ARM Cortex-M4-based microcontrollers bring energy efficiency and high performance to intelligent applications

3Many designers are on a quest to embed intelligence into even the most mundane objects as they try to equip smart homes with intelligent connected devices and sensor networks that link to the burgeoning Internet of Things (IoT). Other embedded designers focus on increasing the capabilities of already-intelligent consumer electronics products or on making portable versions of sophisticated sensing devices that require energy efficiency. Though these intelligent devices often need to run on battery power for a long time – sometimes for a period of years – many also require high performance due to their complexity.

Today’s Microcontroller (MCU) market is abuzz with talk about ultra-low energy consumption measured in Nanoamps (nA). All of these power-sensitive embedded applications need MCUs that will function reliably. This trend has culminated in the recent launch of the ARM M0+ processor, a stripped-down, ultra-low-power processor core intended for just these applications.

However, MCUs based on the more powerful ARM Cortex-M4 processor with an integrated Floating Point Unit (FPU) are also being used. This core offers more performance, including floating-point and DSP instructions. Most MCU vendors position their M4-based products as high-performance solutions supported by complex software libraries, assuming that truly energy-sensitive applications will require a stripped-down processor.

So why would anyone choose a low-energy MCU equipped with FPU and DSP functions? The first reason is that, perhaps counter intuitively, such a processor may in fact prove to be more energy efficient than a less powerful device. The availability of floating-point and single-cycle multiply-accumulate instructions often allows the designer to reduce execution time, or reduce the clock frequency to accomplish the same workload. Put simply, expending 10 percent more power for 20 percent less time represents an energy saving overall.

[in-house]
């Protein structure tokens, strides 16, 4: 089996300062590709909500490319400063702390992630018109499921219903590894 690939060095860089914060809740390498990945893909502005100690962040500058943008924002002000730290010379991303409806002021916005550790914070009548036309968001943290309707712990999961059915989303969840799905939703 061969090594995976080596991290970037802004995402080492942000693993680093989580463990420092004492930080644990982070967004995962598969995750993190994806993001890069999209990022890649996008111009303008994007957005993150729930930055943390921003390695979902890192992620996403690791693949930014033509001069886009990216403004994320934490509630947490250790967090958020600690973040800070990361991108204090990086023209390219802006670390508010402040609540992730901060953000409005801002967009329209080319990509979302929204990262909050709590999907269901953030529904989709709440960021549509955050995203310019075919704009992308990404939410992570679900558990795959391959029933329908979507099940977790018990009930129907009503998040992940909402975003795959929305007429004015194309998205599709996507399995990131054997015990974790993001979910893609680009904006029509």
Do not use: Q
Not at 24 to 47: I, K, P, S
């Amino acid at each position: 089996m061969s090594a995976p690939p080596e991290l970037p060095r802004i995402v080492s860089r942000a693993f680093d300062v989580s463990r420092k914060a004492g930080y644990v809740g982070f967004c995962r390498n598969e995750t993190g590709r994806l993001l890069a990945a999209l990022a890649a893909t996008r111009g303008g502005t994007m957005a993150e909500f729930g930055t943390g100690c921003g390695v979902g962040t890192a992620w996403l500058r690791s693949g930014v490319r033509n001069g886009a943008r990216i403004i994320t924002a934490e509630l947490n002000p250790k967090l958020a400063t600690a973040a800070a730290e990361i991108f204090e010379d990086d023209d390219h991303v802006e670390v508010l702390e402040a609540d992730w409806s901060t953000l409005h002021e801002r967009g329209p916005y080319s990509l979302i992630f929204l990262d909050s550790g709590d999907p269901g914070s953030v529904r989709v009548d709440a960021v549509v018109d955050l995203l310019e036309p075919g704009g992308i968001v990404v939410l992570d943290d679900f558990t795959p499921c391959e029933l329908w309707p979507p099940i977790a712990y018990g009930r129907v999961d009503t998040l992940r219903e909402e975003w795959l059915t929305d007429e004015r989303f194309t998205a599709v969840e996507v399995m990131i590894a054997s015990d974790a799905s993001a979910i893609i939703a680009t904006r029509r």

Figure 1: The saved energy (blue area) increases when an application is optimized by increasing the processing speed and reducing the active and sleep current.

This effect is accentuated in devices with well-designed sleep modes that deliver very low power. For instance, the Silicon Labs Wonder Gecko MCU has five distinct low-energy modes, including a 20 nA shut-off state and 950 nA deep sleep mode (running real-time clock, full RAM and register contents retained and brown-out detector enabled). The bigger the difference between active and sleep mode power consumption, the greater the benefit will be of a rapid return to a low-energy state.

Ultrasonic water metering is one example of such a use case that, in addition to signal processing, also requires outstanding sleep mode performance, as well as battery life measured in years. In such an application, an ARM Cortex-M4 based MCU can be configured with the CPU in sleep mode and its peripherals set up as a kind of analog state machine that wakes the Cortex-M4 processor only when water is flowing. The availability of DSP instructions allows the designer to build sophisticated filtering functions that come into action when there is water flow to measure, eliminating the need for expensive ultrasonic transducers.

High performance

Some applications simply need the processing horsepower of a DSP. Consider, for example, a security device that senses glass breakages using acoustic analysis. The sensors rely on both audio and shock, or vibration, of shattered glass to determine if someone is breaking in.

For such sensors to reliably report break-ins and not be triggered when keys fall to the floor, the telephone rings, or even when a drinking glass breaks, the sensor logic needs to perform numerous complex operations. To positively detect and confirm a window breaking, the sensor also needs to analyze pre-break actions: was there an impact or flexing of the glass prior to shattering? Secondly, the sensor needs to consider the shattering frequencies, the audio of breaking glass, within a defined time frame. After filtering the frequency information, the duration and amplitude of the signal are checked to provide further verification of a valid alarm condition.